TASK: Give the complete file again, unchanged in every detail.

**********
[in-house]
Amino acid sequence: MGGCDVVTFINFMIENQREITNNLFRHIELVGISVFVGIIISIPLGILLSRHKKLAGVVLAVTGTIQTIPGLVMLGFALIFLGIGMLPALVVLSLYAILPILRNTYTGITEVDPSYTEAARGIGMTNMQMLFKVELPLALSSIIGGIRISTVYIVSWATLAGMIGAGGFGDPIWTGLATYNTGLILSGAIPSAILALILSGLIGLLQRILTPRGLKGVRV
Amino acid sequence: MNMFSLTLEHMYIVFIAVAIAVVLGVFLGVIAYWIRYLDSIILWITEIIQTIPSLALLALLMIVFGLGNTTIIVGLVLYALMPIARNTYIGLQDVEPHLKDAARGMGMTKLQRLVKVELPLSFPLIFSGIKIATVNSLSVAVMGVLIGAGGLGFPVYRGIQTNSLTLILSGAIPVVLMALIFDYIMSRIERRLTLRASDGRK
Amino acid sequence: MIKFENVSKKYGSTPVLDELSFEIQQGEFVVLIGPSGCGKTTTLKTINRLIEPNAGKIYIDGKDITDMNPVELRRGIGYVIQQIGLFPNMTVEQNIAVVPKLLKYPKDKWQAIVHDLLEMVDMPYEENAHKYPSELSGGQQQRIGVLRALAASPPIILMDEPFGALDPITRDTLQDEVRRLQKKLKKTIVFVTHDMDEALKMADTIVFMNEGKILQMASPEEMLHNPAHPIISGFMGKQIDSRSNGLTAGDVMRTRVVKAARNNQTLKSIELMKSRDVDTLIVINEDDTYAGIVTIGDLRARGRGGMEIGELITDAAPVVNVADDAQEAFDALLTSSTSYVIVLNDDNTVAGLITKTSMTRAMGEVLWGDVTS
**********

[in-house]
Amino acid sequence: MGGCDVVTFINFMIENQREITNNLFRHIELVGISVFVGIIISIPLGILLSRHKKLAGVVLAVTGTIQTIPGLVMLGFALIFLGIGMLPALVVLSLYAILPILRNTYTGITEVDPSYTEAARGIGMTNMQMLFKVELPLALSSIIGGIRISTVYIVSWATLAGMIGAGGFGDPIWTGLATYNTGLILSGAIPSAILALILSGLIGLLQRILTPRGLKGVRV
Amino acid sequence: MNMFSLTLEHMYIVFIAVAIAVVLGVFLGVIAYWIRYLDSIILWITEIIQTIPSLALLALLMIVFGLGNTTIIVGLVLYALMPIARNTYIGLQDVEPHLKDAARGMGMTKLQRLVKVELPLSFPLIFSGIKIATVNSLSVAVMGVLIGAGGLGFPVYRGIQTNSLTLILSGAIPVVLMALIFDYIMSRIERRLTLRASDGRK
Amino acid sequence: MIKFENVSKKYGSTPVLDELSFEIQQGEFVVLIGPSGCGKTTTLKTINRLIEPNAGKIYIDGKDITDMNPVELRRGIGYVIQQIGLFPNMTVEQNIAVVPKLLKYPKDKWQAIVHDLLEMVDMPYEENAHKYPSELSGGQQQRIGVLRALAASPPIILMDEPFGALDPITRDTLQDEVRRLQKKLKKTIVFVTHDMDEALKMADTIVFMNEGKILQMASPEEMLHNPAHPIISGFMGKQIDSRSNGLTAGDVMRTRVVKAARNNQTLKSIELMKSRDVDTLIVINEDDTYAGIVTIGDLRARGRGGMEIGELITDAAPVVNVADDAQEAFDALLTSSTSYVIVLNDDNTVAGLITKTSMTRAMGEVLWGDVTS